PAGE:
Sympathy for the Devil: Black Butler

Before I get back into my Romero Retrospective, I would like to take a moment to talk about something that’s been on my mind (and my television) for the past week or two: Black Butler.  Also known by its original Japanese title, Kuroshitsuji (黒執事), Black Butler first appeared in September 2006 as a manga penned by artist Yana Toboso.  While I never read the original manga, the 24-episode anime (directed by Toshiya Shinohara) caught my eye in October 2008 with its Victorian trappings and a particular sense of fashion that smacks heavily of Gothic & Lolita.  However, the general dearth of noteworthy titles being produced by the flagging anime industry served to discourage me from ever viewing this particular title, but recently a friend recommended it to me and so I determined that I would give it a proper viewing.

The first episode introduces us to Earl Ciel Phantomhive, 12-year-old toy and candy magnate in Victorian England, and his mysterious and handsome butler, Sebastian Michaelis (brought devilishly to life by award-winning voice actor Daisuke Ono).  Ciel inherited the Phantomhive empire after the unexplained deaths of his parents two years previously, and also assumed the family’s duties as the “Queen’s Guard Dog,” an office acting as the Crown’s unseen hand in Great Britain’s underworld.  Sebastian’s incredible talents inform us that he is, as he so often reminds us, “one hell of a butler” (actually, a Japanese pun that can also mean “a devil and a butler), and we learn that his preternatural abilities are not without a supernatural explanation.  He is, in fact, a demon who has been bound in a Faustian pact whereby he will serve Ciel until he has exacted revenge upon those who slayed his parents and sullied the Phantomhive name.   And, in true Mephistophelian fashion, when Ciel’s vengeance is complete the demon will be allowed to feast upon the young boy’s soul at leisure.  Along the way, various otherworldly beings are also introduced: an eccentric undertaker with a penchant for laughs, a flaming transvestite reaper, a devil dog that transforms into a beautiful young man when excited (while retaining the mind of a dog), and a maniacal angel bent on cleansing mankind of impurity.  Even the ostensibly human characters are often endowed with unusual abilities and personalities, and the chaos that ensues is at times bewildering even for someone as steeped in the vicissitudes of animated mayhem as I.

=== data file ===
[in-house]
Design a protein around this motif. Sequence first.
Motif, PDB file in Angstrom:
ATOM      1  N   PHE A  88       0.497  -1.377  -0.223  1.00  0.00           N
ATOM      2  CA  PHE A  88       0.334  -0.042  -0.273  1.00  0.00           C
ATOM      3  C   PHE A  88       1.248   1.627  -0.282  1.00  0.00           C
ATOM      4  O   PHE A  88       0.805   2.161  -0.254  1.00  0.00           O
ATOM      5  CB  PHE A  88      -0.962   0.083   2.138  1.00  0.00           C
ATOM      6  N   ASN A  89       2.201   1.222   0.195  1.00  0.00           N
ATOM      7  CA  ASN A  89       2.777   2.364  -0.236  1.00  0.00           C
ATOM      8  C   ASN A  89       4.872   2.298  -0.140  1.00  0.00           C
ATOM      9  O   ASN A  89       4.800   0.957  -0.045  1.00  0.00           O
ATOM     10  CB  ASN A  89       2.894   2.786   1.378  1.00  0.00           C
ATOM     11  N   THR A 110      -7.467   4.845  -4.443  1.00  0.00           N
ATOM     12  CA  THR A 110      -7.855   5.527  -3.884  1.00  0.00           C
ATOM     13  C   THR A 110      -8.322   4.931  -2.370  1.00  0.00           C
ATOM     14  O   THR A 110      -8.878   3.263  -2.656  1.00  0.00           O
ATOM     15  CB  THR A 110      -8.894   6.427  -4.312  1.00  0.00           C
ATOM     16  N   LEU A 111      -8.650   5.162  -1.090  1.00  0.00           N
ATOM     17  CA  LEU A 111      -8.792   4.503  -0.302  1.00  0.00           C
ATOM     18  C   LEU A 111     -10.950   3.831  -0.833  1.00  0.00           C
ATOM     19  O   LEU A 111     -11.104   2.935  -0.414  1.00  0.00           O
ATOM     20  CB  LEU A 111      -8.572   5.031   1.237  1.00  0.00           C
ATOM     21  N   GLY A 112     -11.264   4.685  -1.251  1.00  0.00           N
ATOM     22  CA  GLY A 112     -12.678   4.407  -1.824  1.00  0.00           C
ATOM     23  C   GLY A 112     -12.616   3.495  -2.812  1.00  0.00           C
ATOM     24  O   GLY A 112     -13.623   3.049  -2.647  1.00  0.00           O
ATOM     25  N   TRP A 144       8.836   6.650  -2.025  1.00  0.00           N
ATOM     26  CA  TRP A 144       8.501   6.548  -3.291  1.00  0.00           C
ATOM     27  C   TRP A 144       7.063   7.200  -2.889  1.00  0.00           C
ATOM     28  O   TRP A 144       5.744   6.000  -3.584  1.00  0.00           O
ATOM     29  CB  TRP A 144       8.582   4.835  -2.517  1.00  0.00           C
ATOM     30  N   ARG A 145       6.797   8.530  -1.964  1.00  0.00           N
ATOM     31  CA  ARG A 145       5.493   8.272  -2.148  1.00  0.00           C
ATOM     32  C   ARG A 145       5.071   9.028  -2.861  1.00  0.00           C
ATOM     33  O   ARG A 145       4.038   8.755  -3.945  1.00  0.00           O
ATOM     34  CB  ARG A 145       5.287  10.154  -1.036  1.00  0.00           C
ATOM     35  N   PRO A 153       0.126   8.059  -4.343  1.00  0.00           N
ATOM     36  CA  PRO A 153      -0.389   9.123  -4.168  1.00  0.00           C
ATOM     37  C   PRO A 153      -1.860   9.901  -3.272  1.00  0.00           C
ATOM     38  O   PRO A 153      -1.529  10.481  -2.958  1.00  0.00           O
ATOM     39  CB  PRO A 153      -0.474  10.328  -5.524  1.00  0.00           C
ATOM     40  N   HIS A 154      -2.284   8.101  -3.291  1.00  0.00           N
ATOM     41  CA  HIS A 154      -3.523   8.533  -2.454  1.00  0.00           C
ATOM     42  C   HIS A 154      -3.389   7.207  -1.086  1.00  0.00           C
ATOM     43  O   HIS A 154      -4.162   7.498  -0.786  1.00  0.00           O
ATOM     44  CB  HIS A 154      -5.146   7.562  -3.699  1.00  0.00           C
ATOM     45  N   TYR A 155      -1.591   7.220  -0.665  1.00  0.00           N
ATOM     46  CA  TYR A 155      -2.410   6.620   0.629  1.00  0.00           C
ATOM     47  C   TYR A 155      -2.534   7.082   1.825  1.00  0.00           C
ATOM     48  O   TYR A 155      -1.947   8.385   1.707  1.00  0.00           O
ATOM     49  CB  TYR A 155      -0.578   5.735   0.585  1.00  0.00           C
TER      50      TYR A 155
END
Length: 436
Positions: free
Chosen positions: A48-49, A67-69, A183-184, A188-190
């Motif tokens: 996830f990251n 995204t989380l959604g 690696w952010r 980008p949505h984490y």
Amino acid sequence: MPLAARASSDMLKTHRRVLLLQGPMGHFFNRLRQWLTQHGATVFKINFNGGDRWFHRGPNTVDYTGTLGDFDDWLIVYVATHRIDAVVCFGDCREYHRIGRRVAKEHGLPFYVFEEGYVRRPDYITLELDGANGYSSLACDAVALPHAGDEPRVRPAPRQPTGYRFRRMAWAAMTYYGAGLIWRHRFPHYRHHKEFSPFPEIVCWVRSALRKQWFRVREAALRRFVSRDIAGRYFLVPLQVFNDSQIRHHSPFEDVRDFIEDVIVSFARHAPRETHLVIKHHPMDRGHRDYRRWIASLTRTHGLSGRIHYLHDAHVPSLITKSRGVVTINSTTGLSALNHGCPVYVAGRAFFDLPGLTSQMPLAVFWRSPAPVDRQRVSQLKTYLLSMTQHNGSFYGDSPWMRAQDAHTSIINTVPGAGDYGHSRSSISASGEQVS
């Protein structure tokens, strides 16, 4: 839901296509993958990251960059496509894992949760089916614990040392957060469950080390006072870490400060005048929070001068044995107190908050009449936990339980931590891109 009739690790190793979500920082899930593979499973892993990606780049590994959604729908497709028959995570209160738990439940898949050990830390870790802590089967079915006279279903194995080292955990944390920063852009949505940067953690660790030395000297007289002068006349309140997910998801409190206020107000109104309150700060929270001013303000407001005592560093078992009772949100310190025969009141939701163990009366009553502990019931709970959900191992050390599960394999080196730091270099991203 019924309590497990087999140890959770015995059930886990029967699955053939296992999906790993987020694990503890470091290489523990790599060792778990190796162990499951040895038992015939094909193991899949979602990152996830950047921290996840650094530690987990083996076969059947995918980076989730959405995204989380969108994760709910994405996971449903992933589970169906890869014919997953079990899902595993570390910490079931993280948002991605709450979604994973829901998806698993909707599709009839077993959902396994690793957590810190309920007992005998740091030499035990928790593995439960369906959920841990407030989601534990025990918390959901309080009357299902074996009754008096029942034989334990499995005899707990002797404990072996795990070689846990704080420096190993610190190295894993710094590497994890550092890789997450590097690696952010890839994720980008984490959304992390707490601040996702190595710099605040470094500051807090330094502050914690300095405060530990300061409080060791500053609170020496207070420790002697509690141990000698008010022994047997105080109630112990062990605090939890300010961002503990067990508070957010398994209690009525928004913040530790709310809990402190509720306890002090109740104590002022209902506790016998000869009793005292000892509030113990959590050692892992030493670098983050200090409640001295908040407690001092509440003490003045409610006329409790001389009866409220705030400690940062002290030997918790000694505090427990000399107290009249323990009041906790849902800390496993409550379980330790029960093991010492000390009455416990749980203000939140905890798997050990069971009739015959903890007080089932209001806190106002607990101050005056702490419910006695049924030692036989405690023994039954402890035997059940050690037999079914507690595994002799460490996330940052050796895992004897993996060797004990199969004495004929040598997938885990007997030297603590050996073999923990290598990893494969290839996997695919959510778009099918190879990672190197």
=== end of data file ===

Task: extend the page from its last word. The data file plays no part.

As may be inferred from the character descriptions above, this anime is not exactly a historically accurate portrayal of life in fin de siècle England or Victorian society.  While it takes great pains to introduce various aspects of the lives of nobility (such as pointing out specific teas and desserts enjoyed by the wealthy in those days), the audience learns quickly to take their disbelief, crumple it up, and dump it unceremoniously out the window.  That said, the animation quality (which ranges from merely adequate to rather impressive) allows for a significant amount of detail in the backgrounds, especially the Phantomhive mansion with its elegant carvings, intricate damasks, and gorgeous teaware.